Naugatuck sets up TIF district




NAUGATUCK — At a special March 21 meeting, following the closure of the hearing, the Board of Mayor and Burgesses approved the establishment of a Tax Increment Financing District Master Plan and the Revitalized Rubber Corridor Tax Increment Financing District.

The contiguous district stretches as far north as Meadow Court and Church Street, as far east as Carroll Street, as far south as Elm Street and as far west as Neumann Street.

Under state law, a municipality is authorized to set up a TIF district, which has to be contiguous, to capture new revenue on construction projects after the grand list. New revenue after the Oct. 1 grand list can be captured and set aside and used to pay any bonding that is done for any projects within the TIF district, Mayor N. Warren “Pete” Hess said.

“The districts are for underutilized and unutilized areas with deteriorating conditions that are ripe for redevelopment,” Hess said. “So in essence, what we’re doing is we’re taking land in Naugatuck that was abandoned by Uniroyal Chemical and other manufacturing sites and creating a district to redevelop and rehabilitate those areas.”

Hess said some of the properties in the new district are only there to make the whole district contiguous.

Some other notable areas for development in the district include the vacant land of Parcel B where the transit oriented project will include new housing, retail and the new proposed train station, the Naugatuck Event Center, vacant land on Breen Field and the Rubber Avenue corridor.

The value of all the property within the TIF district must account for less than 10% of the total grand list.

As of October 2022, the total assessed value for all the land in the district is $61.1 million. The entire grand list value is $2.04 billion, which means the TIF district is about 3% of the grand list, Hess said.

“Most of the funding for all of these projects is coming from private developers. There’s also federal money that we’re using,” Hess said. “There’s state money that we’re using and if we so choose, we can use TIF revenue on the projects.”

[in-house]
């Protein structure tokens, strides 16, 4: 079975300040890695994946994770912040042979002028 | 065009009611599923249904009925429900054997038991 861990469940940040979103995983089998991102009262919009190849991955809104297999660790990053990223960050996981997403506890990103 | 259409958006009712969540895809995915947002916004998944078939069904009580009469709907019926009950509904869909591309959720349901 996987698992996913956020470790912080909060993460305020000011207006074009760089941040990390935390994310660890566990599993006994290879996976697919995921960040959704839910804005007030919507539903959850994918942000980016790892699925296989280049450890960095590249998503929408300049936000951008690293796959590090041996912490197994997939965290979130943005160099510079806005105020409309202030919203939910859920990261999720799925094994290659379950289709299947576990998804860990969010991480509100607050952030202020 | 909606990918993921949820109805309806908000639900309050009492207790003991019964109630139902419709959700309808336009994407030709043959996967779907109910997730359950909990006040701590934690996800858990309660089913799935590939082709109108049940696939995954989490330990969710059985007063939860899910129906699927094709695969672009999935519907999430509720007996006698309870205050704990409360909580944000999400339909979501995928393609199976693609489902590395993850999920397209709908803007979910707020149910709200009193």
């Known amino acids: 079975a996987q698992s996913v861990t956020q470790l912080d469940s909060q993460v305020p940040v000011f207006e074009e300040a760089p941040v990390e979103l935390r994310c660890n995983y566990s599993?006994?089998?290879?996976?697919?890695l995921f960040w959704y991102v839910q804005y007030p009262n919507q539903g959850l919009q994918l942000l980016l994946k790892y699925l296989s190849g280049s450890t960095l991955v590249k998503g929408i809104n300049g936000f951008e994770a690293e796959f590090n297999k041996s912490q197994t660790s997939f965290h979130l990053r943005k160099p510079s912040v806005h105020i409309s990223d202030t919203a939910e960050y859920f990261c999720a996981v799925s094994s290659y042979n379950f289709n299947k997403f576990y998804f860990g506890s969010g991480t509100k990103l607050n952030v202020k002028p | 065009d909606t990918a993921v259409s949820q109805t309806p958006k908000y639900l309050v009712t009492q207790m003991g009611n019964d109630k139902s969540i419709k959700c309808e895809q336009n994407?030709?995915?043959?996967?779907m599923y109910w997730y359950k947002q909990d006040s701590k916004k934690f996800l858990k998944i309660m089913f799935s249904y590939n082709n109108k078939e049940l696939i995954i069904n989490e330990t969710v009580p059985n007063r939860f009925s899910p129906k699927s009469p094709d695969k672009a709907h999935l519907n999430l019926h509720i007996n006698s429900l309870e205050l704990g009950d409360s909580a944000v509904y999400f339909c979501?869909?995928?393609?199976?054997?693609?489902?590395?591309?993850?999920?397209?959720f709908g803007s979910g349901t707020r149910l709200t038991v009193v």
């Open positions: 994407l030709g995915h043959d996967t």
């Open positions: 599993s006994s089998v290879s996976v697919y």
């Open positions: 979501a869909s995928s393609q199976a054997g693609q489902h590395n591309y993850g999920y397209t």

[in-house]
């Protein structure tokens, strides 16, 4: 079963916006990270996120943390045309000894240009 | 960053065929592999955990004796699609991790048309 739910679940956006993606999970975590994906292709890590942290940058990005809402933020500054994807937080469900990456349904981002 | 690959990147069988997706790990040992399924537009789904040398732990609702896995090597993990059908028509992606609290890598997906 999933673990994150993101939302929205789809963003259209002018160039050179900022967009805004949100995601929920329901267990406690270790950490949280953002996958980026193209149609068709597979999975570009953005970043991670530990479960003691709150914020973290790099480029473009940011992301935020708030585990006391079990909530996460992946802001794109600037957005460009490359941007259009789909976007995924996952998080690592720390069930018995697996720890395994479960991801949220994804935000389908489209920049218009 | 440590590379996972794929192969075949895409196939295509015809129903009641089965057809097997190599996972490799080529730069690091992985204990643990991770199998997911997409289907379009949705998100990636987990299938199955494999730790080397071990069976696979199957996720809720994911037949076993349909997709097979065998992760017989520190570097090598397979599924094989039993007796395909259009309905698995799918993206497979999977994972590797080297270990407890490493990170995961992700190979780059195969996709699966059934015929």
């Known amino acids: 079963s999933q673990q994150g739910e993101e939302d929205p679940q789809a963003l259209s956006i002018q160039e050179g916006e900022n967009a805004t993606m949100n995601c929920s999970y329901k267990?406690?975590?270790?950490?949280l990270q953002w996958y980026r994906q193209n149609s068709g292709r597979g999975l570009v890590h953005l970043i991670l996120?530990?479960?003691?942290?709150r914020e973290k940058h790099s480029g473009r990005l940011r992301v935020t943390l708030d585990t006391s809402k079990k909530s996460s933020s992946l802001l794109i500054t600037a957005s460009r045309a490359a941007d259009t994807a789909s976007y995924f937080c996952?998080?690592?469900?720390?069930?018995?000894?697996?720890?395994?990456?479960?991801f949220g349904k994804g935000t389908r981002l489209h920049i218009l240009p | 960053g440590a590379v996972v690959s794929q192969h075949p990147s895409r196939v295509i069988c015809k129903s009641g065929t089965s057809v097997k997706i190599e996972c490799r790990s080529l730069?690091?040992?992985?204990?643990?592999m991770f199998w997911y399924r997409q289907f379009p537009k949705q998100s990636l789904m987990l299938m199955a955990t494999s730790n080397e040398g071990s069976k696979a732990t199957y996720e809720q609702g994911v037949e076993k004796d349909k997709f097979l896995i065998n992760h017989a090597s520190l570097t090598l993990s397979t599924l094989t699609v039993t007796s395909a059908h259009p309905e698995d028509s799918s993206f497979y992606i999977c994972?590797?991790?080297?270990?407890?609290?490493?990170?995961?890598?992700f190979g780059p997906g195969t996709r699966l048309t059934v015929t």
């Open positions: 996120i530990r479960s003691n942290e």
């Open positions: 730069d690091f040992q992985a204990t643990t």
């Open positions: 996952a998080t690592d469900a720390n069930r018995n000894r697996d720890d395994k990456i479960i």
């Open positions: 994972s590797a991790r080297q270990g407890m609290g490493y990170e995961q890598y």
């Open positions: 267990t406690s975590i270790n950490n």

Hess said the borough board is expected to choose members in April for a TIF Committee which will already include himself, Naugatuck Economic Development Corporation President Ronald J. Pugliese, one NEDC member, borough assessor Shelby Jackson, controller Allyson Bruce, one business member, two burgesses and one finance board member.

There are several reasons why a TIF district would be established. For instance, in can be created to increase and diversify the tax base in revenues, increase employment, enhance housing opportunities, support economically diverse long term stable employment opportunities and to enhance the infrastructure, Hess said.

Seventy-five percent of revenue that’s generated from new construction or new development within the TIF district will be set aside to make sure the borough always has enough money to pay for any bonding and 25% will go directly to the general fund. On an annual basis, the TIF Committee will work together to make sure that the district is working and once the bonding is paid for the year, any remaining funds will go back to the general fund,

“So the purpose of this, very simply stated, is to use new revenues to pay for any bonding or improvements that we do within the district before we return the rest of the money to the general fund,” Hess said.

Hess recommended some of the funds go to the general fund, as well as some to the five-year capital plan and some into a reserve account for borough development projects.

The Planning Commission has already given a favorable report for the district.

“There isn’t much to pay in the first several years of the bond,” Hess said. “So we’ll capture revenue and the management committee will meet in the beginning, quite a bit, until this is totally under control, to make sure that there’s always enough money to pay the bonding.”

Hess said this will be something that has to be examined annually and managed properly.

The borough will basically have five years to make sure that it creates enough new revenue to pay the bonding in year five. So three years from now, if the borough is lagging behind, borough officials would look at budgeting just-in case money if there’s a shortfall.